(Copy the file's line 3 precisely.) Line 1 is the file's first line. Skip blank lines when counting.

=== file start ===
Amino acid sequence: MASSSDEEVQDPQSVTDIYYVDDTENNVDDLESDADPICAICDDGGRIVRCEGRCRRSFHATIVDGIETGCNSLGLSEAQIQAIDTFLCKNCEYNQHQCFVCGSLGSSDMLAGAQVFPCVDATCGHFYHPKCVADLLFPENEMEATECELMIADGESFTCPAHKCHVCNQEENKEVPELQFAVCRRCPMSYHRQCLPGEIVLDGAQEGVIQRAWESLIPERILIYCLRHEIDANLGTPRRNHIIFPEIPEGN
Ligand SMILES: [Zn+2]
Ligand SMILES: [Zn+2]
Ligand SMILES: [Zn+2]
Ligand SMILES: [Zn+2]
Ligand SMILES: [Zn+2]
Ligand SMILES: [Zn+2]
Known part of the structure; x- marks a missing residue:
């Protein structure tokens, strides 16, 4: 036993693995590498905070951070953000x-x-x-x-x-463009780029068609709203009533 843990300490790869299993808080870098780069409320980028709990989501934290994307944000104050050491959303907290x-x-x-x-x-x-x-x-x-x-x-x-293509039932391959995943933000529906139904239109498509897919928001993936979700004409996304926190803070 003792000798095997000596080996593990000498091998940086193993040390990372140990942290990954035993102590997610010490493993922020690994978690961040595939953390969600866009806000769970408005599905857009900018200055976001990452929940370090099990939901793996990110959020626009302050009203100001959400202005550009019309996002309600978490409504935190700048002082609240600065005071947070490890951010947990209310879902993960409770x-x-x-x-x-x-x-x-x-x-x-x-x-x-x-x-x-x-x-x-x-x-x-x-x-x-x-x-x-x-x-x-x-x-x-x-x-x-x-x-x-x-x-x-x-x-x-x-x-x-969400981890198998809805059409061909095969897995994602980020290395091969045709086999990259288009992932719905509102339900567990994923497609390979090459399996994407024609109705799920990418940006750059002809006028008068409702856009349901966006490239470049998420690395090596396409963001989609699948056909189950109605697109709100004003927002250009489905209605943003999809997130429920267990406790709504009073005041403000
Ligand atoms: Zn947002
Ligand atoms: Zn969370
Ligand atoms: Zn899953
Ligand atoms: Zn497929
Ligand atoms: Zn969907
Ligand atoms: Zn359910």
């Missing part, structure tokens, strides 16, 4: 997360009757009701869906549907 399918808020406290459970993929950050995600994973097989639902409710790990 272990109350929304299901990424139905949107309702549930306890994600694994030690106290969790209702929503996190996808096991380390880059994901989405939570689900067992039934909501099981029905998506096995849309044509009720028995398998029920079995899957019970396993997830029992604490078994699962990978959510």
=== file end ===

Ligand SMILES: [Zn+2]